In another example, employees performing piece price jobs at an engine manufacturing plant wore thick cotton gloves to assemble engines. While workers perceived the hand protection as comfortable initially, the gloves fit poorly, had a poor grip, and failed to protect their hands from oil. Workers often removed the gloves, which led to non-compliance and potential risk.
The company supplied workers more modern hand protection with a foam nitrile coating that channeled oil away from the glove surface, resulting in drier, more comfortable hands. Improved grip and greater dexterity enabled workers to produce more parts while experiencing less hand fatigue.
Employee confidence and safety are closely linked to productivity. Companies can incur major costs and significant productivity losses when workers are injured. Even minor injuries require workers to leave the line and visit the company nurse for treatment.
And first aid is costly. A window and door manufacturer recorded 759 hand injuries during a single year -- most of them requiring first aid. Some employees worked barehanded, while others wore gloves that failed to provide adequate protection. The company worked with a glove specialist to conduct a comprehensive internal assessment. Based on the resulting recommendations, it instituted a glove policy mandating that all production employees wear hand protection that matched the job requirements.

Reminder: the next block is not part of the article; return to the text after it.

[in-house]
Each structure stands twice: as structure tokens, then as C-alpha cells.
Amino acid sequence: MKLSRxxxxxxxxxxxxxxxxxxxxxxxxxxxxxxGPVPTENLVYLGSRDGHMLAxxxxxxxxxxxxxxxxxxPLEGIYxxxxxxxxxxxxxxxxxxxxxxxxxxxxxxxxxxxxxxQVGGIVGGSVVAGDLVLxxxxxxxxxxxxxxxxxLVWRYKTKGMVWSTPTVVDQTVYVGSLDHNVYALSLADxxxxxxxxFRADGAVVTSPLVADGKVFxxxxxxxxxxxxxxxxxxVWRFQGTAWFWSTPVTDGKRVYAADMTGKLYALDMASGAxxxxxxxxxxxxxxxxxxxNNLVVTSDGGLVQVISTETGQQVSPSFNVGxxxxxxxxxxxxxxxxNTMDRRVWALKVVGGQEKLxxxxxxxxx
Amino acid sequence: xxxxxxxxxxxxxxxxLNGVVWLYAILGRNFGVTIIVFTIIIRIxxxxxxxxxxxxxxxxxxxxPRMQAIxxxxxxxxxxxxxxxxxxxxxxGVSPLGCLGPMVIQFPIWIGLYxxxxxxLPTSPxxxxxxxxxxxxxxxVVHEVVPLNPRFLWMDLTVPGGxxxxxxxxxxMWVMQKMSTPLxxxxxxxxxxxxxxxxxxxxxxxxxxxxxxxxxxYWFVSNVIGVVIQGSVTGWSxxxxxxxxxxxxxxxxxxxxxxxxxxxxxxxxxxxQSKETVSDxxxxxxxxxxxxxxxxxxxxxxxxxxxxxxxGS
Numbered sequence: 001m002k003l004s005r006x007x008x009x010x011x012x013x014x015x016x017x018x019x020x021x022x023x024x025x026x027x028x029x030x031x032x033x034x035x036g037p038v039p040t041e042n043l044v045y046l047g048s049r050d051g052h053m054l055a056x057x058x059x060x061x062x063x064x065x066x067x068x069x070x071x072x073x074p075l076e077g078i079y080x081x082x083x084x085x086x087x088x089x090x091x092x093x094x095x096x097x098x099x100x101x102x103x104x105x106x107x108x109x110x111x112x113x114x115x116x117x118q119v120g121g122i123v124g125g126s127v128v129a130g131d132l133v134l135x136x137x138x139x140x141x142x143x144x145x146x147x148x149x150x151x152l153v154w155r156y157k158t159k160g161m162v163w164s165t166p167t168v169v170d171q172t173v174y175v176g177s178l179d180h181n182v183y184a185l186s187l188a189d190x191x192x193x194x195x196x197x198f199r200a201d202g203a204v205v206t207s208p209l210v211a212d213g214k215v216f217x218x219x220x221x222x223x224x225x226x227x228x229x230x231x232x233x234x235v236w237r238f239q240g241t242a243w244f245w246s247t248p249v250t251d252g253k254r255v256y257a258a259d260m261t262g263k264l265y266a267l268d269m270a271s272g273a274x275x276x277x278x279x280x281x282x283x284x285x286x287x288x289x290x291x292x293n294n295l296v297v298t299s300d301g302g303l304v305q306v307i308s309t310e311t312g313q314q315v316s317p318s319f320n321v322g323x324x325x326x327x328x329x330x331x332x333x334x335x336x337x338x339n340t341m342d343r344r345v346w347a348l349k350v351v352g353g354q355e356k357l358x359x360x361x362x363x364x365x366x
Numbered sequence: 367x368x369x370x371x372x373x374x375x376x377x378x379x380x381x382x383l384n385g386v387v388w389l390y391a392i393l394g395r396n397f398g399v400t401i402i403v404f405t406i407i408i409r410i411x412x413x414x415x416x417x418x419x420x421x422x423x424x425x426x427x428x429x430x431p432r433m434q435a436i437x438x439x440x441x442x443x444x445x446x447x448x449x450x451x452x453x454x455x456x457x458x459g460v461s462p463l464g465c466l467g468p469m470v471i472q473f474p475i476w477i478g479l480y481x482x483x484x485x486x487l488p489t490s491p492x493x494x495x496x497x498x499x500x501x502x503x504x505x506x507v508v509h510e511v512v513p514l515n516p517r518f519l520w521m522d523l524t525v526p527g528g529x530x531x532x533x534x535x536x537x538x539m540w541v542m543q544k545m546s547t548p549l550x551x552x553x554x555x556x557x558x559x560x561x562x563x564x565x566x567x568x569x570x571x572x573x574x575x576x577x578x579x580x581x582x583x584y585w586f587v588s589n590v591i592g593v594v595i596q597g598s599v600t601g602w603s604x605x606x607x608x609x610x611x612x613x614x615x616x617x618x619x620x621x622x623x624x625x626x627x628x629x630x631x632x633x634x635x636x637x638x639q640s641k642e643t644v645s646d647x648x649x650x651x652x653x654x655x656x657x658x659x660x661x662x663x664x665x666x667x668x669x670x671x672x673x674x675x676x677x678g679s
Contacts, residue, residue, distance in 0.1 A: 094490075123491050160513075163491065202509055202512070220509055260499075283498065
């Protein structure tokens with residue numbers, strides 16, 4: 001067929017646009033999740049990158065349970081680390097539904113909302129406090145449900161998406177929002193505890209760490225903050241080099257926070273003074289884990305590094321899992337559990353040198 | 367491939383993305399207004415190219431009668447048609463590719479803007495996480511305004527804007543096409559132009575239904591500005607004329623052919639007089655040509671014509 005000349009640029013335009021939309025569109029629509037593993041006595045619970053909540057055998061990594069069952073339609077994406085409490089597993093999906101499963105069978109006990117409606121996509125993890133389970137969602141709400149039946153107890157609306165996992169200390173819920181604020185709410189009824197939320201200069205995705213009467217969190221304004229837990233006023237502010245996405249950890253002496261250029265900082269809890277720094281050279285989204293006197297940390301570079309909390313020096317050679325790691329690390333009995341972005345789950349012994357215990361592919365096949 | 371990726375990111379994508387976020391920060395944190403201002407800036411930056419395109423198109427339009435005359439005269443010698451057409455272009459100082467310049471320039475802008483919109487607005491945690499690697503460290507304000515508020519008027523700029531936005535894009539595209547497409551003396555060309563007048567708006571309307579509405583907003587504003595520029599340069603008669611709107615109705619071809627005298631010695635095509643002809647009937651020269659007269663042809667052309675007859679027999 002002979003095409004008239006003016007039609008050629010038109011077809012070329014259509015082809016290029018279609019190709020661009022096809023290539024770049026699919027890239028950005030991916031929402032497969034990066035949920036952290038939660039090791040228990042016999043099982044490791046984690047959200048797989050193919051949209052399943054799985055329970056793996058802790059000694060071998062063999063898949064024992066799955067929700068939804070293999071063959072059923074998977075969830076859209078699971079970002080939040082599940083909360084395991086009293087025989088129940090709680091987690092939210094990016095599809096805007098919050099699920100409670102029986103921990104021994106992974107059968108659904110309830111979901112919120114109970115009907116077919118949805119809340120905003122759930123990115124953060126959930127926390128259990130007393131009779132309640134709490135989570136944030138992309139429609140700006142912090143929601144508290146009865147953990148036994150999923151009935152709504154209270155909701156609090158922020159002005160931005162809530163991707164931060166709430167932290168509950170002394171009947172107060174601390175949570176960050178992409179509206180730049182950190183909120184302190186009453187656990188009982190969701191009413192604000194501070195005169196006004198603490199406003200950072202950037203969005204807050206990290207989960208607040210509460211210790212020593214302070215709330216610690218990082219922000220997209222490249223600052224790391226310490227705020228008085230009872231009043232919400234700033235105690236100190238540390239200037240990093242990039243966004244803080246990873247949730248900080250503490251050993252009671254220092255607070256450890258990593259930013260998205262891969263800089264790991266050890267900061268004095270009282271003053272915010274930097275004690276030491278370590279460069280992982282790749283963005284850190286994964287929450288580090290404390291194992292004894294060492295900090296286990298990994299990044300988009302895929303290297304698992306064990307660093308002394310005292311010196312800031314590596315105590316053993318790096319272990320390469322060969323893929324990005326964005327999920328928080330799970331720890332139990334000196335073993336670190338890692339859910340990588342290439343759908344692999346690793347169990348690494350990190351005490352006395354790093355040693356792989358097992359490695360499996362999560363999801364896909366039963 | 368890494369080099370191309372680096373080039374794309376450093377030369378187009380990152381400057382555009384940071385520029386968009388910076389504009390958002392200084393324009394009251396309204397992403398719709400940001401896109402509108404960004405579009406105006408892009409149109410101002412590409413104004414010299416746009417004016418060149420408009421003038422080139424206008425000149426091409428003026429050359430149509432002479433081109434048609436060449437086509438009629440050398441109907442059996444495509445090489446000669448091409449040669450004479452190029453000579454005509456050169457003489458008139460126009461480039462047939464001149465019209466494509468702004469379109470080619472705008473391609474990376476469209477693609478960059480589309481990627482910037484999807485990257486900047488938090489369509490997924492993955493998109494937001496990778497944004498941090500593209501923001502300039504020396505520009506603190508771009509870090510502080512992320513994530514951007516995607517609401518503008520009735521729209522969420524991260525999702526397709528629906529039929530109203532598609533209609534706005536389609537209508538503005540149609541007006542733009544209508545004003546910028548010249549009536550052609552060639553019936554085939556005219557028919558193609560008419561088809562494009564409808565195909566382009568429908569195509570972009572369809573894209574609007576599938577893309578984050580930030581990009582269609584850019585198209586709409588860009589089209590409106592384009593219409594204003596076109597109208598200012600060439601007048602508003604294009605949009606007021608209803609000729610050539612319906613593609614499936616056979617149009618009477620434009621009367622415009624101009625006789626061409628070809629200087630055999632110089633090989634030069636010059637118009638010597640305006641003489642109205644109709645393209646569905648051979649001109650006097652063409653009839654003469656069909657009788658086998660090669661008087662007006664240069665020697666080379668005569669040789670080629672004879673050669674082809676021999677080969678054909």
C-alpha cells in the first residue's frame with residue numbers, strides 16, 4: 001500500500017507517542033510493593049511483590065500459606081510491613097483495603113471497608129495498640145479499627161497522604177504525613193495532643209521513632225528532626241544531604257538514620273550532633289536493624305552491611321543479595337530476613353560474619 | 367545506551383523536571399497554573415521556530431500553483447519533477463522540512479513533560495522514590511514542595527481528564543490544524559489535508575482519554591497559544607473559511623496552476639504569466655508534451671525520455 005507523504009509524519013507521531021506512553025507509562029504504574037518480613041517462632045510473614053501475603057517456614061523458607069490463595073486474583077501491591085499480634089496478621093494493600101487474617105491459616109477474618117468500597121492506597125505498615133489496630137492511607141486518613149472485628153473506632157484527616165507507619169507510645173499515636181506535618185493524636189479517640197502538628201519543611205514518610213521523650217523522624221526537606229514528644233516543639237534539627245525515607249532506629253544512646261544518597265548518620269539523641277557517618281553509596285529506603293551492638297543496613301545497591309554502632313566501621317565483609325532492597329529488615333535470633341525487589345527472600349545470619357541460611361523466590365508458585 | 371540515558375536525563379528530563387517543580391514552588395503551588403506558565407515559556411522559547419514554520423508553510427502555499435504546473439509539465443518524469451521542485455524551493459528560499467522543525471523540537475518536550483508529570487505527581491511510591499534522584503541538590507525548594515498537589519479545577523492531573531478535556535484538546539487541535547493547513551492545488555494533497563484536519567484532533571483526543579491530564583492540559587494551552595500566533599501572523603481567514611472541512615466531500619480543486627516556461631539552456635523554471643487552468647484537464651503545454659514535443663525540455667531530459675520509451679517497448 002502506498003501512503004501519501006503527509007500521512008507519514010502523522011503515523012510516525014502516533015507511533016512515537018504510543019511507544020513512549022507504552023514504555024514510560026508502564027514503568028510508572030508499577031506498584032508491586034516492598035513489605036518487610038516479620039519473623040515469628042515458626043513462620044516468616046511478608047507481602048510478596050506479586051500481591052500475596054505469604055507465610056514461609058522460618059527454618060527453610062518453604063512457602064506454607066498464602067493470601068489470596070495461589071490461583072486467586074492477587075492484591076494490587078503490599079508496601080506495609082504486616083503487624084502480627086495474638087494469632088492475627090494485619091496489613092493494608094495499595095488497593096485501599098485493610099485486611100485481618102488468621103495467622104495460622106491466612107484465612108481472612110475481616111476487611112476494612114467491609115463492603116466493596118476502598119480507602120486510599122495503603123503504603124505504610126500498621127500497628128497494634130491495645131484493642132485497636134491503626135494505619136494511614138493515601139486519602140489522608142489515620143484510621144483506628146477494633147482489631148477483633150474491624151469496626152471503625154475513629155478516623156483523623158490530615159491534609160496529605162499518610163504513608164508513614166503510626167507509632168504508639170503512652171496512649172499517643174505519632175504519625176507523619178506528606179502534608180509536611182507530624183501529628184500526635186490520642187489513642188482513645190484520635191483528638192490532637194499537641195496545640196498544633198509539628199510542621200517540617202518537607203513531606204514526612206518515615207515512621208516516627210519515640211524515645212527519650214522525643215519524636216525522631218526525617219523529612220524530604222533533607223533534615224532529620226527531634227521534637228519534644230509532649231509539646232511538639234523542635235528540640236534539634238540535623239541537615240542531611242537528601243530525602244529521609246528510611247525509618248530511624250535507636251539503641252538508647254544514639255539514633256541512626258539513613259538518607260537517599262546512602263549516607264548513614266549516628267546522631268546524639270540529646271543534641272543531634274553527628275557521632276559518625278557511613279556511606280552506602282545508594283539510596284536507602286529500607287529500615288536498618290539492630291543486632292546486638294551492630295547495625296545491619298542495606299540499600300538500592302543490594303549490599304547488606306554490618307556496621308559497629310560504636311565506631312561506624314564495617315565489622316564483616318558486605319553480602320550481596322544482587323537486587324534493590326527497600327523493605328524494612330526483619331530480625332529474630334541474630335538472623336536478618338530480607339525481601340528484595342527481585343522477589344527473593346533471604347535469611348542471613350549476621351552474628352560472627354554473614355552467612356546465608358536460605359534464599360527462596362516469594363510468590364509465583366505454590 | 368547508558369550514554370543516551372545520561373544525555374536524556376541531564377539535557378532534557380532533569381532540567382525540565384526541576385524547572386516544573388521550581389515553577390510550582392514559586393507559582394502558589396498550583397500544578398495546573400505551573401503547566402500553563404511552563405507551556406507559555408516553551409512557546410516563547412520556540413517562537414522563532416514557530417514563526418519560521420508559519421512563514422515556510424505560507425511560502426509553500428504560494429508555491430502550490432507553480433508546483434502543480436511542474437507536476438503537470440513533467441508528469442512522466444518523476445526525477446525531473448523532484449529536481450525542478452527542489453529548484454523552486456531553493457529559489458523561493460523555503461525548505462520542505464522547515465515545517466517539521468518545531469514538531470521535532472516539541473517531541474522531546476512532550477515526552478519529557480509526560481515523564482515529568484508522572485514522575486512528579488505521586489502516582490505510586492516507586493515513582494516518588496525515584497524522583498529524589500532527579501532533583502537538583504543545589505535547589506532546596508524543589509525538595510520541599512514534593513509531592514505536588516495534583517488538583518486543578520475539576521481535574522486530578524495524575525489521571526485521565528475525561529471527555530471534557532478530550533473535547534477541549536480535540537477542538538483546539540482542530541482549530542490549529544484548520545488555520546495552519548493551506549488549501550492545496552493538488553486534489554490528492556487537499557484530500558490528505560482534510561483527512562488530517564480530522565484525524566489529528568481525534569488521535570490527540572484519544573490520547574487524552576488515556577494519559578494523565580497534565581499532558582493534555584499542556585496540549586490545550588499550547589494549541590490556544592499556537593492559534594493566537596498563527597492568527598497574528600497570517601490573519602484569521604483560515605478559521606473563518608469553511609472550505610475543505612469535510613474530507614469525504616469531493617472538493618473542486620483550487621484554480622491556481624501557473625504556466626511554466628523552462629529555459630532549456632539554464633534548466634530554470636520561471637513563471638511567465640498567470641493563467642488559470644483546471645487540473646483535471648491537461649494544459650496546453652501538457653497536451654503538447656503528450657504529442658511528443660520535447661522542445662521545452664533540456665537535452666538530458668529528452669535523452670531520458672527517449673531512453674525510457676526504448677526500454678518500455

Workers began wearing cut- and abrasion-resistant gloves that provided a higher level of protection, and the company trained all employees about which gloves to use for specific tasks. The result was a 77 percent decrease in injuries the first year and a $101,000 savings in first aid expenses.
More serious injuries may require ambulance transportation to the hospital, with companies responsible for medical, insurance, and worker's compensation costs. Lengthy employee absences often lead to companies replacing experienced laborers with temporary workers. These individuals usually need training and still are unable to perform tasks with the same accuracy and speed as the injured employees.
Providing workers the right hand protection to prevent injury may seem like an insignificant change, but it may result in significant cost savings. Injuries at a tire manufacturer surpassed $1 million annually when the plant worked with a hand protection specialist to conduct an internal assessment to determine how and why injuries occurred. Workers had used the same hand protection products for 20 years. Once modern hand protection was provided based on assessment results, the facility implemented a training program to introduce the new gloves, explain why they were necessary, and educate workers about how they should be used. The plant's efforts resulted in a $500,000 savings in injury costs during the first year.
Safe workers are confident workers who feel good about their jobs because they believe the employer cares enough to provide them optimal protection for the job. Employees who do not feel they are safe often work more slowly, which affects process efficiency and the number of parts made.